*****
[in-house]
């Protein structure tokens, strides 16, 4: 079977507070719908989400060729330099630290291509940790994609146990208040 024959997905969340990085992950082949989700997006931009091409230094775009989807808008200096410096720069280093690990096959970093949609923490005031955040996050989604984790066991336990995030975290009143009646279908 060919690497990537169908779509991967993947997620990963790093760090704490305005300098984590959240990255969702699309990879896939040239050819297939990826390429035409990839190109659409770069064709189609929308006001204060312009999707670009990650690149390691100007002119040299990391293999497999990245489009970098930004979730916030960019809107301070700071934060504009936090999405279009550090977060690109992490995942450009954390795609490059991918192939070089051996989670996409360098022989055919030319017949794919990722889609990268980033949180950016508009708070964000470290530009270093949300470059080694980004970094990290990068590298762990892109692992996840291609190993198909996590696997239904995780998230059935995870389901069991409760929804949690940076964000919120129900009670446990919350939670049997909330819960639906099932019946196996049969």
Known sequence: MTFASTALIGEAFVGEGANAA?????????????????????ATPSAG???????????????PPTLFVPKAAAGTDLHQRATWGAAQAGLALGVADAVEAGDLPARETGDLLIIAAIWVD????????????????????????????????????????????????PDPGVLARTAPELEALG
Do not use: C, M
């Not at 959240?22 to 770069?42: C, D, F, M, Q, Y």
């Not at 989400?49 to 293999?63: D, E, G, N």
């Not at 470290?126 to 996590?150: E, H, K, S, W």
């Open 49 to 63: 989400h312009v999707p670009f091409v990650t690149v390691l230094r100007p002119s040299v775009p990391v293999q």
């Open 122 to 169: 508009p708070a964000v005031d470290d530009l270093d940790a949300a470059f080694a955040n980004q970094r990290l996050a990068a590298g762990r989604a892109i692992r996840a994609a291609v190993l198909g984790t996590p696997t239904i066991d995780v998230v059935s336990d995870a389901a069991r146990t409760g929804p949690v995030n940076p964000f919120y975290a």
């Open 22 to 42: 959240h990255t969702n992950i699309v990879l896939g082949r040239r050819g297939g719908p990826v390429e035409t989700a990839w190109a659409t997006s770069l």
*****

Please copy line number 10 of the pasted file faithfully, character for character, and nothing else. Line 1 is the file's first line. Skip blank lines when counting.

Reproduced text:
């Open 22 to 42: 959240h990255t969702n992950i699309v990879l896939g082949r040239r050819g297939g719908p990826v390429e035409t989700a990839w190109a659409t997006s770069l």